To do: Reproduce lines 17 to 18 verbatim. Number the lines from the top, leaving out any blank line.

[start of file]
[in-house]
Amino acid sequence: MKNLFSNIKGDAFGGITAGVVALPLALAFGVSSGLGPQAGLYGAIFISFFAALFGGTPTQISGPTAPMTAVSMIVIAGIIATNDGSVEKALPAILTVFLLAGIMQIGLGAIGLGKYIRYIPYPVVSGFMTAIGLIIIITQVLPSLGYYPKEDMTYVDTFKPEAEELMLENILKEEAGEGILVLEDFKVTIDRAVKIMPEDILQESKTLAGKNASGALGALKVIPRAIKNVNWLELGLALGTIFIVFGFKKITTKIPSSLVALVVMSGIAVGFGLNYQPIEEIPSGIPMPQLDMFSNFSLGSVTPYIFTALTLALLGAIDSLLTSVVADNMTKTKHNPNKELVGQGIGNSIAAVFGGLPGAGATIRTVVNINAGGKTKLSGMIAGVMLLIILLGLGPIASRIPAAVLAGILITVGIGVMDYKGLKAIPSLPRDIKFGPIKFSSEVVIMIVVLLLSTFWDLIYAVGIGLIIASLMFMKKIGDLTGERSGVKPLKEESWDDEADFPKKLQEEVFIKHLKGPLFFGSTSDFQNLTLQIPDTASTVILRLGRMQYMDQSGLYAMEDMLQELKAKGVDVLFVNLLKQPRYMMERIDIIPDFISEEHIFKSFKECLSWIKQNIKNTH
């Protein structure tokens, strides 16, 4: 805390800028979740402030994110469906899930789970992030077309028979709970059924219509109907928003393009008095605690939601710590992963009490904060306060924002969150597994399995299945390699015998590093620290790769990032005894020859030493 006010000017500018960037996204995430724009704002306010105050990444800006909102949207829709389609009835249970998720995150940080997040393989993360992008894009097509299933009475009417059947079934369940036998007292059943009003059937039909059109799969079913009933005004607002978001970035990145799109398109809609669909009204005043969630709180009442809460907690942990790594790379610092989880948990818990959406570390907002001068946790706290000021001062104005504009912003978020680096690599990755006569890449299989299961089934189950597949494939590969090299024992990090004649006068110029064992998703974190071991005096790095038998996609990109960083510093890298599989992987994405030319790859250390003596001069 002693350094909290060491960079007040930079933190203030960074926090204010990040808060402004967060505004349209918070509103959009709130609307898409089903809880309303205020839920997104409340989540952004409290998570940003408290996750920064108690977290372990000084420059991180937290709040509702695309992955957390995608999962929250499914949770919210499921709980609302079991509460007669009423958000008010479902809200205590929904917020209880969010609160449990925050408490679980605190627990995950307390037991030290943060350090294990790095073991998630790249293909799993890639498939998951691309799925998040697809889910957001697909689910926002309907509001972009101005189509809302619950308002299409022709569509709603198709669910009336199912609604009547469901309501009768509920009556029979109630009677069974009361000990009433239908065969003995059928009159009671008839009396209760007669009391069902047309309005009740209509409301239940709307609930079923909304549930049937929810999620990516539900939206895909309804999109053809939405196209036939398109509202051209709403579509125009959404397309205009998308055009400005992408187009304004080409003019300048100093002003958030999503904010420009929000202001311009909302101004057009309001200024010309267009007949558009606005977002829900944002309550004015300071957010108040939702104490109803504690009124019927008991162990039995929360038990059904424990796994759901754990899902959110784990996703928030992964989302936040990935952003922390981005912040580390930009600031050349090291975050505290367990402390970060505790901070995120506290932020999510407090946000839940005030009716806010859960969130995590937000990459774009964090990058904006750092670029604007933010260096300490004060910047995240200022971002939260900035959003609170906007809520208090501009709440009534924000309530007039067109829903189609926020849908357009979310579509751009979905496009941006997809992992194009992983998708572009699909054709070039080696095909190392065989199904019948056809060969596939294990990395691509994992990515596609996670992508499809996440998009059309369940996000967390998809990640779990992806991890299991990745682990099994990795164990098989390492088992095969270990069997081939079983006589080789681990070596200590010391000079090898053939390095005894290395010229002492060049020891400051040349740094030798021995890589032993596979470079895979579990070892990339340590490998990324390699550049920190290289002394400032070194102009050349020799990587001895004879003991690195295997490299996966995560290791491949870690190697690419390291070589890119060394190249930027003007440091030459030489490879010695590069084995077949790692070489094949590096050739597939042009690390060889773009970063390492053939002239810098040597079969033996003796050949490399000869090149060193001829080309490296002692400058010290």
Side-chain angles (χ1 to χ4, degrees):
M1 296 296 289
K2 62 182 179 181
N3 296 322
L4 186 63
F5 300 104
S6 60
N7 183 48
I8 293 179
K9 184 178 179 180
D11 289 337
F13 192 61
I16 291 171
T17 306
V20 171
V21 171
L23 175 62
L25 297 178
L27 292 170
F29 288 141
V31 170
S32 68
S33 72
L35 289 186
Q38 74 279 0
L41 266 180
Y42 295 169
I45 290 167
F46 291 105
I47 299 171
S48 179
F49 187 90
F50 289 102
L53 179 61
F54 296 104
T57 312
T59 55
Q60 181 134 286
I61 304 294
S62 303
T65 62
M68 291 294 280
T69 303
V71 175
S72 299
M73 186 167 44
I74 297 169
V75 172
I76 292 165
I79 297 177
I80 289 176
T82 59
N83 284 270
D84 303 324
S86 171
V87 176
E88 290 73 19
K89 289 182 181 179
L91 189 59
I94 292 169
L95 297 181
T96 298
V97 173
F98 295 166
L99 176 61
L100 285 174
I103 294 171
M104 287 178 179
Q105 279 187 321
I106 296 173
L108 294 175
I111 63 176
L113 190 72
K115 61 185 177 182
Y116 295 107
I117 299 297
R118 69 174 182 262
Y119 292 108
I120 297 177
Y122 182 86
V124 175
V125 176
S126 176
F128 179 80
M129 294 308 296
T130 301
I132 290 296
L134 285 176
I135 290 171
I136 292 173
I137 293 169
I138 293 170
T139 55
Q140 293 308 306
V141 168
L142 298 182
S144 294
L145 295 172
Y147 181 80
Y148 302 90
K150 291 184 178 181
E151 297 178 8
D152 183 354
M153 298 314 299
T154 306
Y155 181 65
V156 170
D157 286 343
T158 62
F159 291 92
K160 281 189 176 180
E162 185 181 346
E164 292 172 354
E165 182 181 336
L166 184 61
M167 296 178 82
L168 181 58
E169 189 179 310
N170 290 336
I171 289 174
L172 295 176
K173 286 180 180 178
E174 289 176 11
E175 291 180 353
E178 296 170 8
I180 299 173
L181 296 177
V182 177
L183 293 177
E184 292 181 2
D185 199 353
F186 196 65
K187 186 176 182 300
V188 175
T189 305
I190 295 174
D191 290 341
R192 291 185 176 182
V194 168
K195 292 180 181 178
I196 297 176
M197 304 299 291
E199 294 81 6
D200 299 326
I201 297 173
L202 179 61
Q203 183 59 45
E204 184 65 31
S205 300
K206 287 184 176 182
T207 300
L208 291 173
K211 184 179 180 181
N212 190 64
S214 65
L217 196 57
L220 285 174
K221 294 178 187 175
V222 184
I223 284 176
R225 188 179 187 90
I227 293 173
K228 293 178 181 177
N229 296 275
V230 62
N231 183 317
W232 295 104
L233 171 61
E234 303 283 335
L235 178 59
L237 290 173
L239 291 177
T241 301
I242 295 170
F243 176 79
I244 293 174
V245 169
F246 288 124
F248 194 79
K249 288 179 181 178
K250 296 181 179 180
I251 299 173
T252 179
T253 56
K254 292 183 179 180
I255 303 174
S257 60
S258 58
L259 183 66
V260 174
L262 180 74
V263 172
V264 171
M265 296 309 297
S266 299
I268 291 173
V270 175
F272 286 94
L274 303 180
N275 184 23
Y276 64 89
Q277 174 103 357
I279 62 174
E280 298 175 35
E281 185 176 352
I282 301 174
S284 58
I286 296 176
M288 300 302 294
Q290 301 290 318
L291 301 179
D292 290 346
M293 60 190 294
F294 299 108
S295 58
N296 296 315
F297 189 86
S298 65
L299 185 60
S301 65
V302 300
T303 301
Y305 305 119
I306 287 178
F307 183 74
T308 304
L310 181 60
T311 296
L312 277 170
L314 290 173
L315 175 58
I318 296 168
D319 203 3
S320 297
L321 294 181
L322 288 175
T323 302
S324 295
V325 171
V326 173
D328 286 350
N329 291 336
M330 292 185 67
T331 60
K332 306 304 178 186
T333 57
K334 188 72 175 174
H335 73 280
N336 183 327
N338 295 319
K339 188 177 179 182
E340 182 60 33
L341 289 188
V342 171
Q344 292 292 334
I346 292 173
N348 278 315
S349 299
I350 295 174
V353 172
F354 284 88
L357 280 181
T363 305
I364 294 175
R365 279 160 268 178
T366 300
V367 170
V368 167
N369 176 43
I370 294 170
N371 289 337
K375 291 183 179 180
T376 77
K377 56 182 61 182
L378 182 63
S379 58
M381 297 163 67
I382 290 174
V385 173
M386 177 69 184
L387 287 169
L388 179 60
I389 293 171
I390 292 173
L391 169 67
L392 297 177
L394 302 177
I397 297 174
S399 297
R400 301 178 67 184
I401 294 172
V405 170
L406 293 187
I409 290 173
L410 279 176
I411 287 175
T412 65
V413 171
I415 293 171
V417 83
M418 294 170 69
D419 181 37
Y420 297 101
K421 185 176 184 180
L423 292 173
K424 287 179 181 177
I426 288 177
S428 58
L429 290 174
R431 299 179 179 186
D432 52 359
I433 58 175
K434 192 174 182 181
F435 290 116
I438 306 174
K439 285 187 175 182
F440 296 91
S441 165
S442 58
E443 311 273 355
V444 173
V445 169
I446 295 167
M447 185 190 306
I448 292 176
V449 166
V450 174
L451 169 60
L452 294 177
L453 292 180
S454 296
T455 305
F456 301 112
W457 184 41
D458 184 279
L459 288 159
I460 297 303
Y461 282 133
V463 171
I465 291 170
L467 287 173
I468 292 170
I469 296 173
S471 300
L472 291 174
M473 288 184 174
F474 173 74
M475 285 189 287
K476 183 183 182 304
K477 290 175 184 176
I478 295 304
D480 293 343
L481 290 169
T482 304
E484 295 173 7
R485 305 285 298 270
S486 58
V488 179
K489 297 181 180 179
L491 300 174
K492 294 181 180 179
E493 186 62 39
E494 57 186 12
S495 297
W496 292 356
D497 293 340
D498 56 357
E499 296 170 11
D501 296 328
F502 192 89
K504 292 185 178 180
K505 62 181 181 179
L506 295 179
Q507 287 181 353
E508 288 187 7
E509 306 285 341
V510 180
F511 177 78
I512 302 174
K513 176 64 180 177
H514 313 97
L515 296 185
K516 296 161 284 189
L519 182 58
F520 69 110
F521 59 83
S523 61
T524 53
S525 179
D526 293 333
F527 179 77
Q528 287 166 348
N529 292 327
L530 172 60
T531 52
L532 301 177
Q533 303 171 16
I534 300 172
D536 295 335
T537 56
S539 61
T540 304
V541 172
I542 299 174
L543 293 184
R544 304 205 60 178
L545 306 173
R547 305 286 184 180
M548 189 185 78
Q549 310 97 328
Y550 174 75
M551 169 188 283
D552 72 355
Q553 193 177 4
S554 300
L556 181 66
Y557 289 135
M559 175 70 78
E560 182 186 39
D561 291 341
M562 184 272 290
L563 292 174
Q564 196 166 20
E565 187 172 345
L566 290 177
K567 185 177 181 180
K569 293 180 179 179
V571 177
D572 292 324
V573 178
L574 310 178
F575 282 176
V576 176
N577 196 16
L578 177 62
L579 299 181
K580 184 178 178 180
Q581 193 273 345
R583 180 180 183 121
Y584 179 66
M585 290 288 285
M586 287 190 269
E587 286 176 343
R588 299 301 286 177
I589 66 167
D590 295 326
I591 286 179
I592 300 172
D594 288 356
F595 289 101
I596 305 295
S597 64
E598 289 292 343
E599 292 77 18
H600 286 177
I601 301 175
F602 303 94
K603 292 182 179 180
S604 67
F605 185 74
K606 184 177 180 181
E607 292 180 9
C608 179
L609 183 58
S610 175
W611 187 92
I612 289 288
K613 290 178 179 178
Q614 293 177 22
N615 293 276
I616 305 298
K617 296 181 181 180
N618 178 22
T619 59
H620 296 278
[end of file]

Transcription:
T17 306
V20 171